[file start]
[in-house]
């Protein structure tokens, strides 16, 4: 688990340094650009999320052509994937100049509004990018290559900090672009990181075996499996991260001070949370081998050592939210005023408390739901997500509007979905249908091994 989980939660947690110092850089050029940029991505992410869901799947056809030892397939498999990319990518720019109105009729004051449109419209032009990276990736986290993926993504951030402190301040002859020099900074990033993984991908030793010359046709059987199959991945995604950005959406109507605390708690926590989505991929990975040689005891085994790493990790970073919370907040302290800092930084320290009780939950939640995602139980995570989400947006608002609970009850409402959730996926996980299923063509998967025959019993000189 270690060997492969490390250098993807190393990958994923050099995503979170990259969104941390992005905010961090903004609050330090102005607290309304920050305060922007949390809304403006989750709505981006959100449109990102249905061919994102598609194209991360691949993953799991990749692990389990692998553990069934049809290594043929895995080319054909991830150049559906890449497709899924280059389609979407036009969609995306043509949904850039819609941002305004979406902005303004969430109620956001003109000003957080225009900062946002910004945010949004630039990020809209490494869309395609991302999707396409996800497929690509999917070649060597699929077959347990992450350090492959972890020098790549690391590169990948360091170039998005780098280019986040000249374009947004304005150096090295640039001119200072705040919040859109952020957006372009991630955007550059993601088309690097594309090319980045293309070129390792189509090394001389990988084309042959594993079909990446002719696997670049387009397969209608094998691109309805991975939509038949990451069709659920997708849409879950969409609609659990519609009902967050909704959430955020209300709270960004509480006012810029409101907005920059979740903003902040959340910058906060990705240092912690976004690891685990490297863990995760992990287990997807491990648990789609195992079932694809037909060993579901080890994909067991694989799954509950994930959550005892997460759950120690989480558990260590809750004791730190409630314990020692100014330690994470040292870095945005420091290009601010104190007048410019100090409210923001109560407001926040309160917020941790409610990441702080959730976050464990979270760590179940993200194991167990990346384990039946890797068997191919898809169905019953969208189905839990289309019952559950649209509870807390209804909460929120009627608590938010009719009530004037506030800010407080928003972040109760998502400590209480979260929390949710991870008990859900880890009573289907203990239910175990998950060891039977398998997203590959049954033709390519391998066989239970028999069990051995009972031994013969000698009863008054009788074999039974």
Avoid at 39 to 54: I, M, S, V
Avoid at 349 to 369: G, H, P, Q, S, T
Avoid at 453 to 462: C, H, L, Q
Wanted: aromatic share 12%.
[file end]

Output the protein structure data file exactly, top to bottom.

[in-house]
């Protein structure tokens, strides 16, 4: 688990340094650009999320052509994937100049509004990018290559900090672009990181075996499996991260001070949370081998050592939210005023408390739901997500509007979905249908091994 989980939660947690110092850089050029940029991505992410869901799947056809030892397939498999990319990518720019109105009729004051449109419209032009990276990736986290993926993504951030402190301040002859020099900074990033993984991908030793010359046709059987199959991945995604950005959406109507605390708690926590989505991929990975040689005891085994790493990790970073919370907040302290800092930084320290009780939950939640995602139980995570989400947006608002609970009850409402959730996926996980299923063509998967025959019993000189 270690060997492969490390250098993807190393990958994923050099995503979170990259969104941390992005905010961090903004609050330090102005607290309304920050305060922007949390809304403006989750709505981006959100449109990102249905061919994102598609194209991360691949993953799991990749692990389990692998553990069934049809290594043929895995080319054909991830150049559906890449497709899924280059389609979407036009969609995306043509949904850039819609941002305004979406902005303004969430109620956001003109000003957080225009900062946002910004945010949004630039990020809209490494869309395609991302999707396409996800497929690509999917070649060597699929077959347990992450350090492959972890020098790549690391590169990948360091170039998005780098280019986040000249374009947004304005150096090295640039001119200072705040919040859109952020957006372009991630955007550059993601088309690097594309090319980045293309070129390792189509090394001389990988084309042959594993079909990446002719696997670049387009397969209608094998691109309805991975939509038949990451069709659920997708849409879950969409609609659990519609009902967050909704959430955020209300709270960004509480006012810029409101907005920059979740903003902040959340910058906060990705240092912690976004690891685990490297863990995760992990287990997807491990648990789609195992079932694809037909060993579901080890994909067991694989799954509950994930959550005892997460759950120690989480558990260590809750004791730190409630314990020692100014330690994470040292870095945005420091290009601010104190007048410019100090409210923001109560407001926040309160917020941790409610990441702080959730976050464990979270760590179940993200194991167990990346384990039946890797068997191919898809169905019953969208189905839990289309019952559950649209509870807390209804909460929120009627608590938010009719009530004037506030800010407080928003972040109760998502400590209480979260929390949710991870008990859900880890009573289907203990239910175990998950060891039977398998997203590959049954033709390519391998066989239970028999069990051995009972031994013969000698009863008054009788074999039974």
Avoid at 39 to 54: I, M, S, V
Avoid at 349 to 369: G, H, P, Q, S, T
Avoid at 453 to 462: C, H, L, Q
Wanted: aromatic share 12%.